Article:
3 Ways to Incorporate Setting Description

Birds

It’s important for writers to recognize their weakness in order to work on correcting them. For me, it’s description. When I get my beta reader feedback, the one thing that seems to continually be brought to the surface is a wish for more description either in setting or in my characters features. As a reader, I usually find myself skimming long paragraphs of setting descriptions, so I know that’s why it’s a little slimmer of a presence in my writing. However, I need to be sure to find the balance, so I did some research to find ways of implementing description without beating my reader over the head with the setting.

1. Every scene needs a setting. This may seem like an obvious use for adding description, but there are many times when I am reading a book and I have to go back a few pages to remember where the scene is taking place. If I don’t have that context, I can’t picture the story and it loses its “magic” because I’m thinking of where in the world are they in the story!

Don’t let your characters be floating in space (unless Mars is the setting). Ground them by giving at least a sentence as to where the conversation/scene is taking place. It’s essential in keeping the story making sense and keeping the reader engaged.

2. Use the setting to alter the mood. Do you feel like your setting is starting to feel stagnant? Change the weather up to alter the mood: rain, wind, snow, heat, hurricane, etc.

My current novel is set in the French Quarter in the 1870’s during summer. Heat can make the pace slow and the characters grumble or really anything you want. Just imagine your feelings/reaction to the weather and allow those to “soak” your character.

(Having grown up in Southern Louisiana and experienced more hurricanes than I can count, it doesn’t take much to imagine the torture of no air condition in the height of summer with oppressive humidity. During Hurricane Katrina, we were without electricity for over a month and the only time it came on was during those precious few moments when we cranked on the generator to charge phones or run the fans and then hours and hours again without it. We were in a constant state of sticky and feeling disgusting. So, haha I can only imagine what my poor heroine feels in those layers upon layers of clothing in New Orleans.)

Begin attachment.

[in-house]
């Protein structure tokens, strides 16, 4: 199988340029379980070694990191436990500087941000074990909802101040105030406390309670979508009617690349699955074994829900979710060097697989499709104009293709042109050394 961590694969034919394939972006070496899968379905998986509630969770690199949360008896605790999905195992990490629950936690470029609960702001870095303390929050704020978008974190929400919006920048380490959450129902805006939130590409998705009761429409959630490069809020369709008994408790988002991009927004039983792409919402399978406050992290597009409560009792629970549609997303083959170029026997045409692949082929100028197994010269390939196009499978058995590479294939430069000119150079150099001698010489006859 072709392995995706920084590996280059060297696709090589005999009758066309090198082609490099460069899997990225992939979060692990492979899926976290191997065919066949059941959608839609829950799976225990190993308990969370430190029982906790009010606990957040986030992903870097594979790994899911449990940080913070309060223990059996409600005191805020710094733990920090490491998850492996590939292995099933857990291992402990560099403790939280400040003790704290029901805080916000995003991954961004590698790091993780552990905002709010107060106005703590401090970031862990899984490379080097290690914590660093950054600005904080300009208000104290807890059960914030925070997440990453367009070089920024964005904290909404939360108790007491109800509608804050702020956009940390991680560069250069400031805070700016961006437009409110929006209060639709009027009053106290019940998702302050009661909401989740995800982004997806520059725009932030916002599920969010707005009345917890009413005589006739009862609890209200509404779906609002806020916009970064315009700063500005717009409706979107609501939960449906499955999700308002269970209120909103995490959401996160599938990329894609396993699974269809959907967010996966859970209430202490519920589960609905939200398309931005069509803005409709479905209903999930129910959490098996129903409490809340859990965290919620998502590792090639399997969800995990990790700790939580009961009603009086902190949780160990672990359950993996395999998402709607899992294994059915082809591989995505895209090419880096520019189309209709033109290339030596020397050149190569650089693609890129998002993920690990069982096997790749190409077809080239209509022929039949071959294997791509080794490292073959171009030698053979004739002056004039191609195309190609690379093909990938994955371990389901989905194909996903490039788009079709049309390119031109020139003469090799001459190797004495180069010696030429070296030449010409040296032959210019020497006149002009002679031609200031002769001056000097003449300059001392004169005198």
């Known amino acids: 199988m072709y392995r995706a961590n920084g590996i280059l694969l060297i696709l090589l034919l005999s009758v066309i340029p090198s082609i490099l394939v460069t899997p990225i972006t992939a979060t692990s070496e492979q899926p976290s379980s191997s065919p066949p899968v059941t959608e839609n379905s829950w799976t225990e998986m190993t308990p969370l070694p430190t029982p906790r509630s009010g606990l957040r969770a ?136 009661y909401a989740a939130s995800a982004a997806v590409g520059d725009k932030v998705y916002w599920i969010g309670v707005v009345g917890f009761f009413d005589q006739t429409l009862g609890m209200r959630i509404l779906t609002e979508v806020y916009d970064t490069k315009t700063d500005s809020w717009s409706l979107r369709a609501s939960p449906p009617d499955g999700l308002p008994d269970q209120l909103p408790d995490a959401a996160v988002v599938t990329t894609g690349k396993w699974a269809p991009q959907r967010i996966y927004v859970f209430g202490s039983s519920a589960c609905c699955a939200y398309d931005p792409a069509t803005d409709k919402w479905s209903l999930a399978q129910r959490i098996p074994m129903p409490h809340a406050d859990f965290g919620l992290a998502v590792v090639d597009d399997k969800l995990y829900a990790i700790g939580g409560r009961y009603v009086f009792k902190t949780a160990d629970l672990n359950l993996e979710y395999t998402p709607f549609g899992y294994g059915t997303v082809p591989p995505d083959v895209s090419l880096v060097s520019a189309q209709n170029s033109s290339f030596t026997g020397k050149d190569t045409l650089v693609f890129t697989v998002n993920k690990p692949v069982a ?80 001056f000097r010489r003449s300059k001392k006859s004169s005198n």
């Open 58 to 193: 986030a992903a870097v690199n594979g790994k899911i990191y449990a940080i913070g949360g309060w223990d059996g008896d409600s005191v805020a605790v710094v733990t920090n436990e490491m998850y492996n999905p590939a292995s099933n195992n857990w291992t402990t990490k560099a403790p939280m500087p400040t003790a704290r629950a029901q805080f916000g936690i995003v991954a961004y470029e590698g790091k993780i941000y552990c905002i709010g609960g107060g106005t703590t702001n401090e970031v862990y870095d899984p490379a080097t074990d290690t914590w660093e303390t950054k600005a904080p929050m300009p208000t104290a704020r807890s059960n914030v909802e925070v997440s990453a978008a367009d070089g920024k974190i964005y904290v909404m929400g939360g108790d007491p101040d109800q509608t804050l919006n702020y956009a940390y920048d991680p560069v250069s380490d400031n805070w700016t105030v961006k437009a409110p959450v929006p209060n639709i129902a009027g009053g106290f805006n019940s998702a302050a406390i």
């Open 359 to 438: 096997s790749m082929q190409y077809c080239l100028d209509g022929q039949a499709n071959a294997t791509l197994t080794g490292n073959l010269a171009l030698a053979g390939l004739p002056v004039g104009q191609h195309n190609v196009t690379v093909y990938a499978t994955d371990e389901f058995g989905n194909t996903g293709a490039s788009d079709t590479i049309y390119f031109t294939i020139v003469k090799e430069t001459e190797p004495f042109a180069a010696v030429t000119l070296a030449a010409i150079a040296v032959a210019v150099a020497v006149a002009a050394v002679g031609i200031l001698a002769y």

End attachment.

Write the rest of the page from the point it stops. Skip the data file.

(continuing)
3. Use the setting to affect your character’s appearance.

Weather: In what region does your story take place? It doesn’t have to be drastic like a hurricane, tornado or earthquake. It can just be something as simple as humidity. New Orleans humidity does some crazy things to your hair. Thank goodness for hairspray, but it makes you think how women dealt with taming frizzy hair in the 1870’s!

Terrain: Is your hero riding through a desert? Describe how the dust chokes the rider, how it cakes his skin in a dry film, how his lips feel ashy and cracked, etc.

Local creatures: Does your heroine get bitten by a venomous snake while paddling the pirogue through the bayou? Research snakebites and how they appear on the bitten limb.

Local Sickness: Does an infected cow get butchered and fed to the town, spreading anthrax? Is there an infection carried by birds? How does this affect your heroine? Is she fearful of catching it? Sick already? Is her sister dying?

Writer Tip: One of my favorite resources in my writing is the Emotion Thesaurus. The authors, Ackerman and Puglisi, just released two setting thesauruses, Rural Setting and Urban Setting, and I can’t wait to get my copies in the mail!

rural setting

Happy Writing!

(Top) Photo Cred: Unsplash.com

About Grace Hitchcock

Grace Hitchcock’s first novella, The Widow of St. Charles Avenue, will be releasing in Barbour Publishing’s The Second Chance Brides Collection in August 2017. She has a Masters in Creative Writing and a Bachelor of Arts in English with a minor in History. Grace is a Louisiana Southerner living in Colorado with her husband, Dakota.

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